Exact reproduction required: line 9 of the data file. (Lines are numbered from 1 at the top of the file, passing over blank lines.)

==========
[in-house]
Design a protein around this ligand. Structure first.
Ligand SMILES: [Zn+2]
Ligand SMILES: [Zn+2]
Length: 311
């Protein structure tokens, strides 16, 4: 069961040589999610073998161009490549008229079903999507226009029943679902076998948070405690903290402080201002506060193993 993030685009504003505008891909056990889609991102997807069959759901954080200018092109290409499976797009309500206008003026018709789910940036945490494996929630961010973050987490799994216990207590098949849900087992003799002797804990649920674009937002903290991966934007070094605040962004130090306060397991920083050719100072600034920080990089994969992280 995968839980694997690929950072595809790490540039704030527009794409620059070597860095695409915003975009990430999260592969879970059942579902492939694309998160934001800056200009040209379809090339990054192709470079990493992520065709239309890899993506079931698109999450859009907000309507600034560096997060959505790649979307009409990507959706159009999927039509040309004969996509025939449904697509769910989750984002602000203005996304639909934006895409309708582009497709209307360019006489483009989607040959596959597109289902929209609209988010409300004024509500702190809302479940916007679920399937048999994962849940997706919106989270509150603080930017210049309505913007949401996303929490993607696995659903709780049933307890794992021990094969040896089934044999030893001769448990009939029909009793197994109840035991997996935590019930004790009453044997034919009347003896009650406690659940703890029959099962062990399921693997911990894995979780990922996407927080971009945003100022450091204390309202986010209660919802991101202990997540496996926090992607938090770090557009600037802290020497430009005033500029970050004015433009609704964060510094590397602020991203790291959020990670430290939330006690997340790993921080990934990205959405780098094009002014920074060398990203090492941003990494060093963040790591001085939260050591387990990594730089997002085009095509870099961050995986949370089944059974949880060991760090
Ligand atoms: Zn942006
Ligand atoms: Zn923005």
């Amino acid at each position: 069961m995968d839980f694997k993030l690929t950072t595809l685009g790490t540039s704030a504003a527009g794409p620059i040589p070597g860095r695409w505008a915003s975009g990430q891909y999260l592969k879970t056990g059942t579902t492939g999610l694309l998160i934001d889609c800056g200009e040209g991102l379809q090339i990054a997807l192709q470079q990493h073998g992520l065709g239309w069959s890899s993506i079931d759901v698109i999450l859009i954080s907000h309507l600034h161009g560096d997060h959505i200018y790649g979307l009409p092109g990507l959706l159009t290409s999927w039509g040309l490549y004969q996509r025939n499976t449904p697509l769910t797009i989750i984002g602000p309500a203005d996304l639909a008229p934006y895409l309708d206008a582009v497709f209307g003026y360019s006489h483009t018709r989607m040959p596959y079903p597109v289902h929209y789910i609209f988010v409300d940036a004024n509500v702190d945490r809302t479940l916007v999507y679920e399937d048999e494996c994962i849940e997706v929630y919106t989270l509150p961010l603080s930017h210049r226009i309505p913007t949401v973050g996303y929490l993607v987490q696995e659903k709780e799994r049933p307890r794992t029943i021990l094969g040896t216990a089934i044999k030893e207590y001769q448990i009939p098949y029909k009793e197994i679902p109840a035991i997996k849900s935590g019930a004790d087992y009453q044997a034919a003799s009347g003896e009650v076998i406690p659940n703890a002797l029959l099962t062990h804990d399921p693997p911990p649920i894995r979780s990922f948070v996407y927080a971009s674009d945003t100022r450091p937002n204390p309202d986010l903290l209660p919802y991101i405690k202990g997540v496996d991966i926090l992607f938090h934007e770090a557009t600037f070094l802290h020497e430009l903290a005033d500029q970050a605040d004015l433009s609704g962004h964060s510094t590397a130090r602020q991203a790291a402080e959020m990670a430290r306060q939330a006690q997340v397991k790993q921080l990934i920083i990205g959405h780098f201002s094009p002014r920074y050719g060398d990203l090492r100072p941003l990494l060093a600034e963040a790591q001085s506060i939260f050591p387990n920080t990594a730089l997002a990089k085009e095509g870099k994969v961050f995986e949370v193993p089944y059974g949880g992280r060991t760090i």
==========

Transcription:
């Amino acid at each position: 069961m995968d839980f694997k993030l690929t950072t595809l685009g790490t540039s704030a504003a527009g794409p620059i040589p070597g860095r695409w505008a915003s975009g990430q891909y999260l592969k879970t056990g059942t579902t492939g999610l694309l998160i934001d889609c800056g200009e040209g991102l379809q090339i990054a997807l192709q470079q990493h073998g992520l065709g239309w069959s890899s993506i079931d759901v698109i999450l859009i954080s907000h309507l600034h161009g560096d997060h959505i200018y790649g979307l009409p092109g990507l959706l159009t290409s999927w039509g040309l490549y004969q996509r025939n499976t449904p697509l769910t797009i989750i984002g602000p309500a203005d996304l639909a008229p934006y895409l309708d206008a582009v497709f209307g003026y360019s006489h483009t018709r989607m040959p596959y079903p597109v289902h929209y789910i609209f988010v409300d940036a004024n509500v702190d945490r809302t479940l916007v999507y679920e399937d048999e494996c994962i849940e997706v929630y919106t989270l509150p961010l603080s930017h210049r226009i309505p913007t949401v973050g996303y929490l993607v987490q696995e659903k709780e799994r049933p307890r794992t029943i021990l094969g040896t216990a089934i044999k030893e207590y001769q448990i009939p098949y029909k009793e197994i679902p109840a035991i997996k849900s935590g019930a004790d087992y009453q044997a034919a003799s009347g003896e009650v076998i406690p659940n703890a002797l029959l099962t062990h804990d399921p693997p911990p649920i894995r979780s990922f948070v996407y927080a971009s674009d945003t100022r450091p937002n204390p309202d986010l903290l209660p919802y991101i405690k202990g997540v496996d991966i926090l992607f938090h934007e770090a557009t600037f070094l802290h020497e430009l903290a005033d500029q970050a605040d004015l433009s609704g962004h964060s510094t590397a130090r602020q991203a790291a402080e959020m990670a430290r306060q939330a006690q997340v397991k790993q921080l990934i920083i990205g959405h780098f201002s094009p002014r920074y050719g060398d990203l090492r100072p941003l990494l060093a600034e963040a790591q001085s506060i939260f050591p387990n920080t990594a730089l997002a990089k085009e095509g870099k994969v961050f995986e949370v193993p089944y059974g949880g992280r060991t760090i």